Kyle Chokas Thoughts/Opinions

1989 (Taylor’s Version) Review




Taylor Swift has been the talk of the town as of late. Recently, she released her re-recording of her well-loved bubble-gum pop debut, 1989. Over the last three years, Swift has been re-recording her older albums, from her debut album aptly named after her, to her angsty, yet heartfelt album Reputation, slowly filling in each and every era in between in whatever order she pleases. 1989 Taylor’s Version comes with five new tracks.

Through the vault tracks, exclusive tracks that weren’t on the original albums, Swift adds a deeper level for listeners, taking them through these moments that she lived through and felt nearly a decade ago. Listeners will feel her heartbreak and see how she feels about how she was viewed by the media at the time.

Swift’s vocals are much deeper and more mature than they were in 2014 when 1989 was originally released, adding an edge to the album that pokes into the soul and takes veteran listeners back to wherever they were in 2014 when they first heard the album. 

In the first of the vault tracks, Slut, Swift talks about how the media perceived her and her relationships at the time. Around the time of this album’s initial release, Swift was facing backlash because of her dating life and this track, is her way of slamming the media and press. It’s a strong response from Swift against the hatred she once endured and, having watched her documentary Miss Americana on Netflix, this song is an even deeper cut than it may have originally been perceived.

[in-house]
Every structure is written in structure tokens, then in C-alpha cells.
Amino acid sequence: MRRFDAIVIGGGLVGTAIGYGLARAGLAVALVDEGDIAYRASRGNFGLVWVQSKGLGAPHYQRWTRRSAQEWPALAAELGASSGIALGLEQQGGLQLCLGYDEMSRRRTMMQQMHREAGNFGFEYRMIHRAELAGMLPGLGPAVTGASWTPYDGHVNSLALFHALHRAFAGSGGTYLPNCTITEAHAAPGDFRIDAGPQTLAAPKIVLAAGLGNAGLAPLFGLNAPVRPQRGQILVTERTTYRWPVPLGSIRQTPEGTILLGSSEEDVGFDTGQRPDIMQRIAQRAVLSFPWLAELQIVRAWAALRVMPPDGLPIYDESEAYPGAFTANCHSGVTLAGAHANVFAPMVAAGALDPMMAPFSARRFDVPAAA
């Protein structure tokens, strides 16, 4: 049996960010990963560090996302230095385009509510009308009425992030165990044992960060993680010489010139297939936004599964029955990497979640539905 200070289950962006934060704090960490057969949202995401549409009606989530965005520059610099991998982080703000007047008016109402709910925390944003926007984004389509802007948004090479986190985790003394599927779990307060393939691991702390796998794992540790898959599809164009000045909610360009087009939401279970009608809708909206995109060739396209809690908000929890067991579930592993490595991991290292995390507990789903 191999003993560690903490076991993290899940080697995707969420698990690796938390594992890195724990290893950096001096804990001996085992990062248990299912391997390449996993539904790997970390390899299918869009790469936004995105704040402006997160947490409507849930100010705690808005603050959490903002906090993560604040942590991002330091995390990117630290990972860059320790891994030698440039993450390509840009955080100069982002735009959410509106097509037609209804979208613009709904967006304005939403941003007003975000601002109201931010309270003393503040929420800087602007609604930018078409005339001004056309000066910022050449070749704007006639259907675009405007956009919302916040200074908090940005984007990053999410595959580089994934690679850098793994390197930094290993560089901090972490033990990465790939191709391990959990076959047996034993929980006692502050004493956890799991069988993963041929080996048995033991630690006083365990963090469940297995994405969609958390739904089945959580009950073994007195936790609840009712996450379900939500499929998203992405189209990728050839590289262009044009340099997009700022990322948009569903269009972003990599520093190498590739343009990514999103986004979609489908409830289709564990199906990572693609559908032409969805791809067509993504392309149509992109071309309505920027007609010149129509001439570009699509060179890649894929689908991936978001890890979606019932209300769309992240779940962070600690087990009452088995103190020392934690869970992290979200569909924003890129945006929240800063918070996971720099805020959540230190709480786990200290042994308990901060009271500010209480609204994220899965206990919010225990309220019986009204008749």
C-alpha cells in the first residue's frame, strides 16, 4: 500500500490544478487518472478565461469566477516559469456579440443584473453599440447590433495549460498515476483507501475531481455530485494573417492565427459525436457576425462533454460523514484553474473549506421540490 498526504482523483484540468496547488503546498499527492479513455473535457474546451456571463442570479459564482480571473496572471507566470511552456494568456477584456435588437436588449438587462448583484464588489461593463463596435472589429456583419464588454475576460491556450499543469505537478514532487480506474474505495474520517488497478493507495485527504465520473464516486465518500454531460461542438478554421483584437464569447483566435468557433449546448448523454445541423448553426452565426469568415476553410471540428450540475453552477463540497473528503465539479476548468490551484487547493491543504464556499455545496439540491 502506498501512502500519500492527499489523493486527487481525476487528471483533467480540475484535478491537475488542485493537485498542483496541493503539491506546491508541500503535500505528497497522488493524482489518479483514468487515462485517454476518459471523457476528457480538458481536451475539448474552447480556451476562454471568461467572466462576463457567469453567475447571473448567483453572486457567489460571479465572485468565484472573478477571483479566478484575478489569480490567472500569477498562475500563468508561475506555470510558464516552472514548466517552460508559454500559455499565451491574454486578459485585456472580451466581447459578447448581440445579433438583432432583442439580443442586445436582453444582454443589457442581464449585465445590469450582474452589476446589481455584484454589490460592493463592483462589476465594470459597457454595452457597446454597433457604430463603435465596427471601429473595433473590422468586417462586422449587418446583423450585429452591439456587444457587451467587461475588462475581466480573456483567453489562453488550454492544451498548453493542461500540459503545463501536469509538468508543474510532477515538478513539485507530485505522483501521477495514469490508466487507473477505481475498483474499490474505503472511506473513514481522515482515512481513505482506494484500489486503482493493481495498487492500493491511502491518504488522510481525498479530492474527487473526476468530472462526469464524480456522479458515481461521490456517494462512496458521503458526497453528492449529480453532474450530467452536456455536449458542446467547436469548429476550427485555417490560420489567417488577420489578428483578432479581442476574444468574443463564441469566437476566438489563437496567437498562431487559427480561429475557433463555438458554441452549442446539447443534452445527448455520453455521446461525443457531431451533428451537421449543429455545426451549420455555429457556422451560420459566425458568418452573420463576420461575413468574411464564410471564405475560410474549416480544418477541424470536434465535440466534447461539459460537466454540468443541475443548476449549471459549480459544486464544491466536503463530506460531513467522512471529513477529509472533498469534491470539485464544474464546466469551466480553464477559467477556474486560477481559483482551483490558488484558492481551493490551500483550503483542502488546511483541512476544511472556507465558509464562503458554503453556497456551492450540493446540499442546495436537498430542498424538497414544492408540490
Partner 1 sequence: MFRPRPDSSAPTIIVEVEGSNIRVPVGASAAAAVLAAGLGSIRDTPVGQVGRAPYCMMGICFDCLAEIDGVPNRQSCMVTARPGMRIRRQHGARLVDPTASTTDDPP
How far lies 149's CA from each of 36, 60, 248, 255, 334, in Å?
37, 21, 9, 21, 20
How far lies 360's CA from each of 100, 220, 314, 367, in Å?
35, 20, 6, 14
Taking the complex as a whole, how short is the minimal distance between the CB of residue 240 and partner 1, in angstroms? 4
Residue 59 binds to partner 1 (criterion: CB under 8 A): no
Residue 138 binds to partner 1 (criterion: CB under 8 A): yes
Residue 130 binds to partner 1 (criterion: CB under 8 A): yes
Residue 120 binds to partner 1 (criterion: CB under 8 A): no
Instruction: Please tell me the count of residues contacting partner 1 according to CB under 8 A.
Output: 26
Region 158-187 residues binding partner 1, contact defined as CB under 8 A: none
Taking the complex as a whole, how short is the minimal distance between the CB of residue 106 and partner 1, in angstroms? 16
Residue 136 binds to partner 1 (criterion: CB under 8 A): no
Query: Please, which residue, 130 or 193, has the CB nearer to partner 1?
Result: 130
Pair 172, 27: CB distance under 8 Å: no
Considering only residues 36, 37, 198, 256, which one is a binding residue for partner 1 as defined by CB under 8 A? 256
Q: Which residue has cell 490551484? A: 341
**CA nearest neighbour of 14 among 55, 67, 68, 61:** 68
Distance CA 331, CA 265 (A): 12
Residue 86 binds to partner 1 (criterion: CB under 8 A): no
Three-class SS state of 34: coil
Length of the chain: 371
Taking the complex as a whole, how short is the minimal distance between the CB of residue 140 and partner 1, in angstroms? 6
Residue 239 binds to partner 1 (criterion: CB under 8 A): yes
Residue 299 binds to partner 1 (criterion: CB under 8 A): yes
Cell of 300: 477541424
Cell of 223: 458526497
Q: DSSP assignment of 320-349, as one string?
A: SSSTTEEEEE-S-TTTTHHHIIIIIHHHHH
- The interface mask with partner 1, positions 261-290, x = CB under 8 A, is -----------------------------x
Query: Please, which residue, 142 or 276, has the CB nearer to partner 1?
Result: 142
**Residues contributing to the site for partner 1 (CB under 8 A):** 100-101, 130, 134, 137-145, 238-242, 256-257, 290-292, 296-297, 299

The second and third vault tracks, Say Don’t Go and Now That We Don’t Talk, seemingly talk about her rumored relationship with male artist Harry Styles, a former member of One Direction, and how their break-up affected Swift. Both tracks are beautifully done, and sound similar to tracks you would hear on her 2022 release Midnights.

Suburban Legends and Is It Over Now, vault tracks four and five, are reminders of the ups and downs that one may face in life, no matter their celebrity status. We’re able to see the love and lust in Suburban Legends and the heartbreak and betrayal of Is It Over Now.

Personally, my favorite of the new vault tracks is Say Don’t Go because I feel an emotional connection to the words that Swift is saying and I’m able to relate some of the lyrics back to personal experiences. 

Now That We Don’t Talk has been blowing up online, specifically on the video posting app TikTok and users are posting videos using the track to call out former friendships or relationships. There are currently 28,000 videos using the track. 

Of all the re-recorded tracks, Clean and Style sound the most different from their previous counterparts with Swift’s deeper vocals and matured voice really shining through within the songs. However, these changes aren’t accepted by many fans with some being upset online about the changes within both tracks and claiming that it strips away the magic of the original tracks. 

In other Taylor news, The Almanian hosted their Taylor Swift Night on Oct. 27 in the Thomas Andison Memorial Chapel and had a great turnout. Fans of Swift were able to meet up and celebrate Swift’s music and accomplishments over the last 16 years over themed cookies, sparkling juices, music and trivia.

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